The appellant initially did not even assert insufficiency of service of process based upon the apartment manager lacking authority to receive service. The issue was first raised when the appellant moved for reconsideration of the trial court's denial of its motion to set aside the default judgment. At no instance did the appellant present any evidence regarding the authority of the apartment manager to receive service on behalf of the partnership. Inasmuch as the burden is on the party asserting insufficiency of service of process to show that the person served was not his agent, see Rawlins v. Busbee, 169 Ga. App. 658 (315 SE2d 1) (1984), and the appellant made no attempt to satisfy that burden, the trial court did not err in denying the motion to set aside the default judgment on that basis.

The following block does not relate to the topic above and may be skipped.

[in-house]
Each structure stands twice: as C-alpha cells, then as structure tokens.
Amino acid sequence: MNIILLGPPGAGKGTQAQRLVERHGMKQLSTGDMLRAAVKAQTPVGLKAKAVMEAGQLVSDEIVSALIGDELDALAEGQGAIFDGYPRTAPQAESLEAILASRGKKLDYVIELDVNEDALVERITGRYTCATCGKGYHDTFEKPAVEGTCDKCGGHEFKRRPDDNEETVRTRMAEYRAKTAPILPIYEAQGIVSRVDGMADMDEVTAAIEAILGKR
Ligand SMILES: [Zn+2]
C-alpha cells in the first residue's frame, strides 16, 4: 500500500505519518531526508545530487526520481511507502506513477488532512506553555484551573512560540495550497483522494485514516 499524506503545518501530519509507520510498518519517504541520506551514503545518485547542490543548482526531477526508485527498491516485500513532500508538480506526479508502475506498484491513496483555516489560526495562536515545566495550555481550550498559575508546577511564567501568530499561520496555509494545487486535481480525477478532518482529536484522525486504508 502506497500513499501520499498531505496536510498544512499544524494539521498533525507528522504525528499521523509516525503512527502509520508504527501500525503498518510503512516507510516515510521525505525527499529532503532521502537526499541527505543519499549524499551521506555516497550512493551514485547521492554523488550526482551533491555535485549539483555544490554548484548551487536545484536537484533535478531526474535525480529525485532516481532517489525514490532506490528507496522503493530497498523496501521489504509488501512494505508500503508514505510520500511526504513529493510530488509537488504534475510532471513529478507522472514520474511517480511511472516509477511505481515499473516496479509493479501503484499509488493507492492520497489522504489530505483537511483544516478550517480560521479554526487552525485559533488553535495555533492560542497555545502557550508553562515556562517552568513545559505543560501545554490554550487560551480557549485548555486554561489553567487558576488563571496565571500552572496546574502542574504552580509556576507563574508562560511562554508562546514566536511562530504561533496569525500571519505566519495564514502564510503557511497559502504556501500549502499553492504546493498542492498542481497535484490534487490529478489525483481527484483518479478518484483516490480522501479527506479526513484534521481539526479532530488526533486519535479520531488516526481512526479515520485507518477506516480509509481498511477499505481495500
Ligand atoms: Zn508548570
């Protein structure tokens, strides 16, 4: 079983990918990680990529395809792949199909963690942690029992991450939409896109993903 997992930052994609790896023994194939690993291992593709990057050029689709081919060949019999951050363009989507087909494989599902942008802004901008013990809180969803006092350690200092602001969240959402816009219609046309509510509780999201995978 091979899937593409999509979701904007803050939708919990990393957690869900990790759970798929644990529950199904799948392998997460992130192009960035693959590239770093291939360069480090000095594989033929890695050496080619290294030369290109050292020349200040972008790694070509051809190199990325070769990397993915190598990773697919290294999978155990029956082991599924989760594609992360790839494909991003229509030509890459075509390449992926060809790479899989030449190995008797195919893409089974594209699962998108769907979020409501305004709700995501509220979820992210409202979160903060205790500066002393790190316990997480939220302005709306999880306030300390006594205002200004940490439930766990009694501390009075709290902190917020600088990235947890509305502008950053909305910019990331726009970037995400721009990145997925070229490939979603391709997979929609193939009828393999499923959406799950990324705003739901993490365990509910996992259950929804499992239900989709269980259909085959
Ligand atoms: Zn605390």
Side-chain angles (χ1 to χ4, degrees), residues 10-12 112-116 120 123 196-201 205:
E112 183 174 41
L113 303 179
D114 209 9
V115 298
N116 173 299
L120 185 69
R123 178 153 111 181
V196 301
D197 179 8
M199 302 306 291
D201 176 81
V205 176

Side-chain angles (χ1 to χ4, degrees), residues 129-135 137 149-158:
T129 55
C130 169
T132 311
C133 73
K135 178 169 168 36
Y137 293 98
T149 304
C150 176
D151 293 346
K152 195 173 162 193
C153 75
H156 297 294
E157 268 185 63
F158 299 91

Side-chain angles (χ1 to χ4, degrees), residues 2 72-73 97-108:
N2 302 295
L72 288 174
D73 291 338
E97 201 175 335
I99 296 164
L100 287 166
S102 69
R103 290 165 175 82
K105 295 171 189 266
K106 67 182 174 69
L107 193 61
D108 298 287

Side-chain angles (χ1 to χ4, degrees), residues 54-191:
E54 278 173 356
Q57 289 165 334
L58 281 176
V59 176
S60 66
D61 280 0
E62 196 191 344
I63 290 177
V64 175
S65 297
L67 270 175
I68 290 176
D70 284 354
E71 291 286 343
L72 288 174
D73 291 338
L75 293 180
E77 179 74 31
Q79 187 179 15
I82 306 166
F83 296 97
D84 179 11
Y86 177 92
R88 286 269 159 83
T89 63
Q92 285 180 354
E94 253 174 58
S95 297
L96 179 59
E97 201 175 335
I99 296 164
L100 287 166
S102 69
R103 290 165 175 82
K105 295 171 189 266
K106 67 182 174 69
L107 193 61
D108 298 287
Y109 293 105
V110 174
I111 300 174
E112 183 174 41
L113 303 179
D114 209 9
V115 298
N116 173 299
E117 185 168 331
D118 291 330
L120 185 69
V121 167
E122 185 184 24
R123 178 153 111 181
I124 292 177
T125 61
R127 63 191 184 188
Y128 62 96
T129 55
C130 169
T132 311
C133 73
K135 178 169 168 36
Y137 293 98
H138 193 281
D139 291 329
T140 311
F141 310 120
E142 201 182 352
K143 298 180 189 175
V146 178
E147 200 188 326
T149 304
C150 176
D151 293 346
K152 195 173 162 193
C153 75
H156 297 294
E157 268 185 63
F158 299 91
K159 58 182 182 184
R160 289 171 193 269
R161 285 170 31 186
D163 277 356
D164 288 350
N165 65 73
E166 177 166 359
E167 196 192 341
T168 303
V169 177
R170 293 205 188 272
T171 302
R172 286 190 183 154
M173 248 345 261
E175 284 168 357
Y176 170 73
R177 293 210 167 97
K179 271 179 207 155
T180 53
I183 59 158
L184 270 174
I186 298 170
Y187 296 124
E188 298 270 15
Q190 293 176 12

2. The appellant also contends that the trial court erred in not setting aside the default judgment on the grounds that it was obtained against a non-entity, i.e., Northgate Village Apartments. The appellant's correct name is Northgate Village Limited Partnership, but it is uncontroverted that Northgate Village Apartments constitutes the appellant's trade name. In fact, the record shows that the appellant's dispossessory action filed against the appellee was brought in that trade name, and not the actual partnership name.